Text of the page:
Things to Know Before Moving to Korea Known for K-Pop and K-Food, South Korea is a hub of bustling life. You can explore different parts of the Korean lifestyle. Recently, more and more expats have been moving to Korea, which means you won’t be alone. Living in Korea will be an exciting adventure and also broaden your perception of different cultures. Developed and modern, Korea has high living standards and a reasonable cost of living. 1. Language Even if you don’t speak Korean, you can survive in Korea. Many Koreans can understand English even if they don’t speak it. With the increasing number of foreigners visiting Korea, more and more Koreans have begun to learn foreign languages such as English, Chinese, and Japanese. Most of the signs (and menus) in Korea are in English, which means you can find your way around easily. Tourist sites also have guides that can speak English, so don’t hesitate to ask for help. 2. Safety South Korea is actually a very safe place to live with CCTV cameras everywhere and a no-gun policy implemented. Let’s say you go to a restaurant or cafe; you can leave your things at a table and not be afraid that your things will be stolen! At night, the streets are well-lit and you can find people in restaurants and pubs or strolling around town. Korea’s so safe, you can walk around outside after midnight without fear. I mean I go to convenient stores at 2 or 3 am when I can’t sleep. 3. Food I am pretty sure everyone knows Kimchi by now. Right? Kimchi is a side dish you will find in almost all the meals in Korea. While Korea offers a variety of meat, pork and chicken are the most popular. One of the most popular dishes in Korea is samgyupsal, which is grilled pork belly and is traditionally eaten with side dishes, lettuce, and rice. You may also know this dish as Korean-BBQ. There are a lot of restaurants with foreign cuisines as well. So, you won’t feel left out if you haven’t adapted to Korean food. 4. Public Transportation The small country of South Korea is connected by an intricate system of busses, subways, and trains. Seoul has some of the best transportation which makes traveling fast and efficient. Traveling from one place to another is also affordable, with subway fares starting at 1,250 KRW, which is around $1 USD Bus transportation is another efficient way to travel. With a variety of town busses, intercity busses, highway busses, and airport limousine busses, you can get around Korea easily. Korea also has dedicated bus-only lanes that allow you to get anywhere even during rush hour. If you’re traveling from Seoul to Busan at the other end of the peninsula, riding the bullet train only takes 2 hours and 15 minutes. Bullet trains are not only quiet but also comfortable and run often throughout the day. Korea’s public transportation is constantly expanding and improving with new subway lines expected to open over the next few years. 5. Shopping Korea is well-known for cosmetics and clothes. Almost every street corner has some type of beauty store which sells everything from skincare to snacks. Unfortunately, clothing in Korea is typically one-size-fits-all, but some stores do sell a variety of sizes, such as H&M and Zara. Shoes in larger sizes are hard to find, but you can find some online. Myeongdong, Hongdae, and Dongdaemun are some of the hot shopping locations and you can find clothes for around $10 USD. Underground shopping centers are also great places to find bargains for around $5 USD. 6. Lifestyle The Korean lifestyle is fast-paced and never slows down. The work culture in Korea is completely different compared to other countries. One of my favorite work cultures in Korea is the staff diners. (Hoesik), the tradition of eating and drinking after work is not uncommon and many workers eat and drink with their bosses and return home late. University students also enjoy drinking in the evenings, and if you live in a college town, you will see many hanging out in pubs and bars. Understanding the Korean culture will help you better understand the people. People make up a culture and you have a chance to learn a little about what it’s like to live in someone else’s shoes. As long as you’re open and positive, you will have the best adventure of your life in South Korea!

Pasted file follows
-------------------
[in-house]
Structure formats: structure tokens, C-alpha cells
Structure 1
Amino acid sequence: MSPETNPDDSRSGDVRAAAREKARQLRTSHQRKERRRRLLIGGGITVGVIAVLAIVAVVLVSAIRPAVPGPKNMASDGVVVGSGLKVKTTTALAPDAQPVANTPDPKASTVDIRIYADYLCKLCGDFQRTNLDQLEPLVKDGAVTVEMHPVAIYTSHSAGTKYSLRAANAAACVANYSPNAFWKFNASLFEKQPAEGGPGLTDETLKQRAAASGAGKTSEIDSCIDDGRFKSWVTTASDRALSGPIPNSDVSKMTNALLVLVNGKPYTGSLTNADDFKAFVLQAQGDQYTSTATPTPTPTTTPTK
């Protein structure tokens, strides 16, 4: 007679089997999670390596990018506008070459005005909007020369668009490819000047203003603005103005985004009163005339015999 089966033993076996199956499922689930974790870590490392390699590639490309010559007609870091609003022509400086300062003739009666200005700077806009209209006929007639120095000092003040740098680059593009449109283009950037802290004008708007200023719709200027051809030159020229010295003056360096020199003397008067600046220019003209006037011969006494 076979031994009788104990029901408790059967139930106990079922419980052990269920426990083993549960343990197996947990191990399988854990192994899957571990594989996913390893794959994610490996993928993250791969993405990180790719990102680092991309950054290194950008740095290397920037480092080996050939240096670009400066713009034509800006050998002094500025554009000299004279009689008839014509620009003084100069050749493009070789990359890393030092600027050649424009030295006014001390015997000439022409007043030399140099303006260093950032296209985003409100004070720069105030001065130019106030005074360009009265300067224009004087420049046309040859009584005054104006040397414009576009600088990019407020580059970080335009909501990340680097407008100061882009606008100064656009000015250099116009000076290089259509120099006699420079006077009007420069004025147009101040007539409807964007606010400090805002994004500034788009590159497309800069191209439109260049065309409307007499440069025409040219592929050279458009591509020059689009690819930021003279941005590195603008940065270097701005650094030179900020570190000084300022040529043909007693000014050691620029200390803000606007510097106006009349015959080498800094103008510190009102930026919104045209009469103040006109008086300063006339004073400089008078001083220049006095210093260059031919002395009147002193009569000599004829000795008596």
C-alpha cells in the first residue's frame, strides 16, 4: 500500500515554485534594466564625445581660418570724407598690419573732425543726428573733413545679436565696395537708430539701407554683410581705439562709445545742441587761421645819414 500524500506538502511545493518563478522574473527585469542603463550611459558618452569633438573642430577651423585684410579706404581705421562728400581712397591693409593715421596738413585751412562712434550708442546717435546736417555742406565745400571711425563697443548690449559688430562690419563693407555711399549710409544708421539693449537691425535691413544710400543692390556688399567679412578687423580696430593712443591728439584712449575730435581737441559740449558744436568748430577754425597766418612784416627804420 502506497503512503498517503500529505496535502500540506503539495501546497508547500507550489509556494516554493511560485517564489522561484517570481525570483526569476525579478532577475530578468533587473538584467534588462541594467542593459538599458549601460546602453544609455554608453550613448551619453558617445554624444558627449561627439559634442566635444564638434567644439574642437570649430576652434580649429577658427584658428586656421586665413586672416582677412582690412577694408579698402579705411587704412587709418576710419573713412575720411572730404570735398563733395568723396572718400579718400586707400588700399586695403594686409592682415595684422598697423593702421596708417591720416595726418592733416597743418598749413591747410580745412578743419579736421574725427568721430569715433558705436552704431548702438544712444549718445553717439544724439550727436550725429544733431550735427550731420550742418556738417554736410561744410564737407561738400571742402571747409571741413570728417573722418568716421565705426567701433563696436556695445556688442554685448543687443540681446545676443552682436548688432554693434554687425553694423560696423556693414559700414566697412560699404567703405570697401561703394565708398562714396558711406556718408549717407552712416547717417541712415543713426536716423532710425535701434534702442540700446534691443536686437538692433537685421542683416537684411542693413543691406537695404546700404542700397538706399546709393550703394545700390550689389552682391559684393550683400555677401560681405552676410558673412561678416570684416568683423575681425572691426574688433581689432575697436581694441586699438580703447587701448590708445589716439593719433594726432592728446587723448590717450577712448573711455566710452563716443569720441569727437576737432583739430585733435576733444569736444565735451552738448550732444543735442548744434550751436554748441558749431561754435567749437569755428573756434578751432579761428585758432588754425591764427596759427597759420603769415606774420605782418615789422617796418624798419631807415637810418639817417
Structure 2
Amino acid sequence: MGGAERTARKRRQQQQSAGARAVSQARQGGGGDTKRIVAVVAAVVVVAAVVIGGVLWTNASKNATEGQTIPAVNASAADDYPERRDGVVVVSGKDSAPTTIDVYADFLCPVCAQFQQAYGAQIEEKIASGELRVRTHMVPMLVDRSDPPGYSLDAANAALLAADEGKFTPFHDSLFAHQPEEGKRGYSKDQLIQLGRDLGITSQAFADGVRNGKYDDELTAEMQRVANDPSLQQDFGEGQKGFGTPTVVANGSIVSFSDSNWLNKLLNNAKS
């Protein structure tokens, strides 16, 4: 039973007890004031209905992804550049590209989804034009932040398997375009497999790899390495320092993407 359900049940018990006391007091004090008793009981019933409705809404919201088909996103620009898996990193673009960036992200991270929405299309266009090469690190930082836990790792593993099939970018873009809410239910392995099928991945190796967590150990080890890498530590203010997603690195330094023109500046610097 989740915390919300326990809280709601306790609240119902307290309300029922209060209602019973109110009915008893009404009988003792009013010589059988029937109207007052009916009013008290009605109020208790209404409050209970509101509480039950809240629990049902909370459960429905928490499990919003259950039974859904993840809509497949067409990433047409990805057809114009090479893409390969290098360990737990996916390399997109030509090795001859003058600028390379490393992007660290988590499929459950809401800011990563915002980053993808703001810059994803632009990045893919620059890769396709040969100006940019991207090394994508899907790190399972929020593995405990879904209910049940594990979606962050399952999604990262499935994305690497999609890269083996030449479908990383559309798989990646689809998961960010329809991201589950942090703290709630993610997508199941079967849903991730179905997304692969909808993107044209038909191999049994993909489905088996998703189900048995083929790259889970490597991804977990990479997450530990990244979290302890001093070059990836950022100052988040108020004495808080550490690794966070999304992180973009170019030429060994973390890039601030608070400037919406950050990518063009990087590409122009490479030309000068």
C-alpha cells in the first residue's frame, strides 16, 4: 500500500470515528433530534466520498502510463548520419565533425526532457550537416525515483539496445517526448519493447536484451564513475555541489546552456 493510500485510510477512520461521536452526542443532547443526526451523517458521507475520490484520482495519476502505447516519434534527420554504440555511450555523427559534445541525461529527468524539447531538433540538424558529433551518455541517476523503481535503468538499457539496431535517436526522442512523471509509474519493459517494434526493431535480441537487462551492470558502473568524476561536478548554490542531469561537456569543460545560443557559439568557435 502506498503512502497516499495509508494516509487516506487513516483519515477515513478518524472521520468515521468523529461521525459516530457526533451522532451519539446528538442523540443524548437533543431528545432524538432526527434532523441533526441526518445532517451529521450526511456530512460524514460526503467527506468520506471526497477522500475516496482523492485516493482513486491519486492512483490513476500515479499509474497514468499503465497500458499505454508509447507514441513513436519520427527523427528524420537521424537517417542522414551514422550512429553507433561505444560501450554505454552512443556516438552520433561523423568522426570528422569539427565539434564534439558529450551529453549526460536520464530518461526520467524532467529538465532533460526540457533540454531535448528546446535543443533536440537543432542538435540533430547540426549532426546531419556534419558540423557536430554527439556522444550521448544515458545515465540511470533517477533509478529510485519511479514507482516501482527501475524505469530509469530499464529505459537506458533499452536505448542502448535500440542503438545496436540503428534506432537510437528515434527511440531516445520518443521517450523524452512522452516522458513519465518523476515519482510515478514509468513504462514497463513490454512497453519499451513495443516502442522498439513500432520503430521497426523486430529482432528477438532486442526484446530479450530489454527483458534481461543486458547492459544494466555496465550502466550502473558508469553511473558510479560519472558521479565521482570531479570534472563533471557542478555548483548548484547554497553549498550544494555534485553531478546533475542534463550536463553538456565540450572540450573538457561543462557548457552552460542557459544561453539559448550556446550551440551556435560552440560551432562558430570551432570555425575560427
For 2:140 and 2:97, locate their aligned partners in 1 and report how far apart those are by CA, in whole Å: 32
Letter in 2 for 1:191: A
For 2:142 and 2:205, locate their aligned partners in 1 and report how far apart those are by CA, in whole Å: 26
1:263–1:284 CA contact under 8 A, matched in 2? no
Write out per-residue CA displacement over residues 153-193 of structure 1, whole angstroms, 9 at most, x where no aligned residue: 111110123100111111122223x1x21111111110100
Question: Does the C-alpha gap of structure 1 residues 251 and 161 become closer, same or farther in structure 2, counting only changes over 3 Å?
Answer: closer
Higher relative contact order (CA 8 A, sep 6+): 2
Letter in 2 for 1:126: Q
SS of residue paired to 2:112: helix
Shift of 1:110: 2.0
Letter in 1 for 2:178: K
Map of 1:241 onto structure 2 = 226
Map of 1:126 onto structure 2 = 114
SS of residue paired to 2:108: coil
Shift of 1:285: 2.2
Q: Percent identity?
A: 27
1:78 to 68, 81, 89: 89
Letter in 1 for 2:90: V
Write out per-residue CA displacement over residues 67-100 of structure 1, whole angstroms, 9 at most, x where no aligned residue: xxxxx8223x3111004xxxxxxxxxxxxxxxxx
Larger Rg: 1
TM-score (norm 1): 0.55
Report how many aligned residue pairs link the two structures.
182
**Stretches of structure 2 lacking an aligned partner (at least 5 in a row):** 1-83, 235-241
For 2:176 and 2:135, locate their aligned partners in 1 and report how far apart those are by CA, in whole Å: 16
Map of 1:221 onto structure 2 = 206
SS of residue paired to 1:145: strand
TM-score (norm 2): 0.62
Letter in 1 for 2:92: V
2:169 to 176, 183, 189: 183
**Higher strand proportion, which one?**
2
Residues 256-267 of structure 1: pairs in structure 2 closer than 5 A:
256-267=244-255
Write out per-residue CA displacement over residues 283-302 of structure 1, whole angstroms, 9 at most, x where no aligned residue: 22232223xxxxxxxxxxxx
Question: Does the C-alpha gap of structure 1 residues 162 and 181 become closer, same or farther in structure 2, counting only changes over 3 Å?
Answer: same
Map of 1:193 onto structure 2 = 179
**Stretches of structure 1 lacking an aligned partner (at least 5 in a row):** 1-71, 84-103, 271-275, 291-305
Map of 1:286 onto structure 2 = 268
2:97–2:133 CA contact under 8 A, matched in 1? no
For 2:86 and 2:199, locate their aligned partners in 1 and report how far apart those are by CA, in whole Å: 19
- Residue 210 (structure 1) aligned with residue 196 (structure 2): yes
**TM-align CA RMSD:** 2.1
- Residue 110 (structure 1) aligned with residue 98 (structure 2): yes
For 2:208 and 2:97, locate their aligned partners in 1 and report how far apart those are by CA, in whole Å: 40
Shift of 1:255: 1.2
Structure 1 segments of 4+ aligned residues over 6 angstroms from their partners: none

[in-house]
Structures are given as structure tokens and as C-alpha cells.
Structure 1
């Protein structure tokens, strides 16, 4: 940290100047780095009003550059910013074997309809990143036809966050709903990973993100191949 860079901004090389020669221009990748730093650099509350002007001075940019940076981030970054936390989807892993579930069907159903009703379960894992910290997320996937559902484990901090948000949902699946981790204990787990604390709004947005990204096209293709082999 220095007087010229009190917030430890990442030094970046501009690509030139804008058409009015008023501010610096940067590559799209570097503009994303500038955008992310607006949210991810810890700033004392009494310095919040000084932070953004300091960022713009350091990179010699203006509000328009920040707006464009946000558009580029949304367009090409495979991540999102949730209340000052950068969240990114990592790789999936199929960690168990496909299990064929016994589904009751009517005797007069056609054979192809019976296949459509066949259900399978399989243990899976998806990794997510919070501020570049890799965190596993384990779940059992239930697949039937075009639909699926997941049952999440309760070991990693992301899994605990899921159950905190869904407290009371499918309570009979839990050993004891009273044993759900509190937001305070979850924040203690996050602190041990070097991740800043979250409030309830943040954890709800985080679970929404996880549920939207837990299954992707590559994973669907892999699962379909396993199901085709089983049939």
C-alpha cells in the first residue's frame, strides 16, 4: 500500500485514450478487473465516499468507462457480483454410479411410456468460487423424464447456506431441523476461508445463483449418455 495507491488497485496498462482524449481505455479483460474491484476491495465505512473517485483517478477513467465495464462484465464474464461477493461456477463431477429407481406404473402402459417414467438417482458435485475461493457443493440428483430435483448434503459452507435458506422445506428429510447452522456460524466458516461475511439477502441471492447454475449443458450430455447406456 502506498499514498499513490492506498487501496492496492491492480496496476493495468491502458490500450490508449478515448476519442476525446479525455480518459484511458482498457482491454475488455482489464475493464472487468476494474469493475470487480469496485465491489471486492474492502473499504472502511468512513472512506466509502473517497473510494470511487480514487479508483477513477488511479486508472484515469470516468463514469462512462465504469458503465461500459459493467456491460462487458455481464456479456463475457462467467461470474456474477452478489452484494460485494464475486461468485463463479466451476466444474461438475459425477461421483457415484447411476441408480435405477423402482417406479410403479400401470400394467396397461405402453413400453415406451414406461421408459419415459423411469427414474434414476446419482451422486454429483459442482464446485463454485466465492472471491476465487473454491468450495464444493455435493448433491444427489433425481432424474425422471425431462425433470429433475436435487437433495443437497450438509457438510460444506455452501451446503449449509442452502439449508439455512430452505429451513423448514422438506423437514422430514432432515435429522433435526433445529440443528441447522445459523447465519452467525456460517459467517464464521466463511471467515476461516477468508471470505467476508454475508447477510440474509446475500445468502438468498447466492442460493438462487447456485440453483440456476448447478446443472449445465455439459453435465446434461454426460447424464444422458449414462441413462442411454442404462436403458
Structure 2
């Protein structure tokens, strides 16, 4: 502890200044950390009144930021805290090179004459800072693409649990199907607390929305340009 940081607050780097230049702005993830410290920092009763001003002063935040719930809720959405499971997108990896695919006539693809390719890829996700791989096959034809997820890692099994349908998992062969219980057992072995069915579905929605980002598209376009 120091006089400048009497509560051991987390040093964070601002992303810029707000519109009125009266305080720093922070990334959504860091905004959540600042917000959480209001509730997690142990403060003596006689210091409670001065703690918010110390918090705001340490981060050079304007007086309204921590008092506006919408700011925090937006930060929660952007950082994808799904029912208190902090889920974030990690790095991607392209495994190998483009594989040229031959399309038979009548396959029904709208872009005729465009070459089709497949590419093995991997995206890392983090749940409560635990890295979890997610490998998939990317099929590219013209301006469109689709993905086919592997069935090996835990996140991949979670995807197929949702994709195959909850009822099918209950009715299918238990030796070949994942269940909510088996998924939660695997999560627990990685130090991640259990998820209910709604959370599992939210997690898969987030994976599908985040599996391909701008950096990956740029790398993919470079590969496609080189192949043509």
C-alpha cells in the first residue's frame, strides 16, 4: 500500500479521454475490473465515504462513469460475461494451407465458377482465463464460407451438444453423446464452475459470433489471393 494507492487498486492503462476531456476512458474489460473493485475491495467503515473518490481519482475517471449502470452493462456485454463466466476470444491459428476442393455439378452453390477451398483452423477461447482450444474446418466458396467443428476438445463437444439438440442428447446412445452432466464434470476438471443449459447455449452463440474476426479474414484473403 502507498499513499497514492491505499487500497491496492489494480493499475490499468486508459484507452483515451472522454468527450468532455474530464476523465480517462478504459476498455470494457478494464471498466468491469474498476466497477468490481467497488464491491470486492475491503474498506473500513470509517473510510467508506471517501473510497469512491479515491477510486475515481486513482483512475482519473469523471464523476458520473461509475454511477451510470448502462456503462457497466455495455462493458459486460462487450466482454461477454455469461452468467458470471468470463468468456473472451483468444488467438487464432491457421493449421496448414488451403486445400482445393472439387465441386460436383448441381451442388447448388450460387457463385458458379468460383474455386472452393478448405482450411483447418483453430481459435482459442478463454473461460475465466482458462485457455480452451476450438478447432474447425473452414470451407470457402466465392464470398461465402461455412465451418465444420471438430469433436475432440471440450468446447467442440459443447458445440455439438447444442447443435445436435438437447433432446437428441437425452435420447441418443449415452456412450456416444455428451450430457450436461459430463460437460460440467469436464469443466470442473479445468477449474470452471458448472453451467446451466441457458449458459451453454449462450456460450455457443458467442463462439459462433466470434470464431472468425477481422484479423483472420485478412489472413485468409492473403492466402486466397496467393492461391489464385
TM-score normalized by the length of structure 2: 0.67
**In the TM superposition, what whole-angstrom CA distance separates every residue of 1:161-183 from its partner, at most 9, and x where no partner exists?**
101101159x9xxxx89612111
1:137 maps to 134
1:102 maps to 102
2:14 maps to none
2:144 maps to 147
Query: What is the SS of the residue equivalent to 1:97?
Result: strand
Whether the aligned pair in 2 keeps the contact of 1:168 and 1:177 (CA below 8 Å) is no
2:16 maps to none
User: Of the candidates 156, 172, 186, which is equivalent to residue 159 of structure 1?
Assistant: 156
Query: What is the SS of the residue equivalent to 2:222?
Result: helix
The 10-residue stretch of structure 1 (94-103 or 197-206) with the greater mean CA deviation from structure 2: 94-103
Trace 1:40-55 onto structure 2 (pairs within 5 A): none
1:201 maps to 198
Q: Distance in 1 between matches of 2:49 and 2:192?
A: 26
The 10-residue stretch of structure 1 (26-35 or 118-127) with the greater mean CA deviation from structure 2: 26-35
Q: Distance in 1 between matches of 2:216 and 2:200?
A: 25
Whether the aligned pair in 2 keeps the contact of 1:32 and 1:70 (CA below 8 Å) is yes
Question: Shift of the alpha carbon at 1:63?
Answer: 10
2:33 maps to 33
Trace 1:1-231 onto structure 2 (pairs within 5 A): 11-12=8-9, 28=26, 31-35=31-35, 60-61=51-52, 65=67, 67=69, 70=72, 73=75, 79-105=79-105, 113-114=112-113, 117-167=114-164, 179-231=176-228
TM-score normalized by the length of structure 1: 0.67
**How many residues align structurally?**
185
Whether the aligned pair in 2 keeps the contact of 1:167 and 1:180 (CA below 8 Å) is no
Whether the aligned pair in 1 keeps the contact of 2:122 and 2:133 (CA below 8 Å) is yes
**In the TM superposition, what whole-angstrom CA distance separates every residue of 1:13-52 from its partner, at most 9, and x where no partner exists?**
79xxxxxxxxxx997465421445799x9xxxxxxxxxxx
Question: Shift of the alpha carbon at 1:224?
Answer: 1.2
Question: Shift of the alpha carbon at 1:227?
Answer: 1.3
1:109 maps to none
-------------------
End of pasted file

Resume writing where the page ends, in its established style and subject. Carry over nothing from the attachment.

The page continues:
The Ultimate Explorer
Hello, my name is Jane. I have lived in Korea for 10 years now and I am here to give you the inside story of life as it is. Tips on how to correctly navigate through culture and some survival skills especially to newcomers.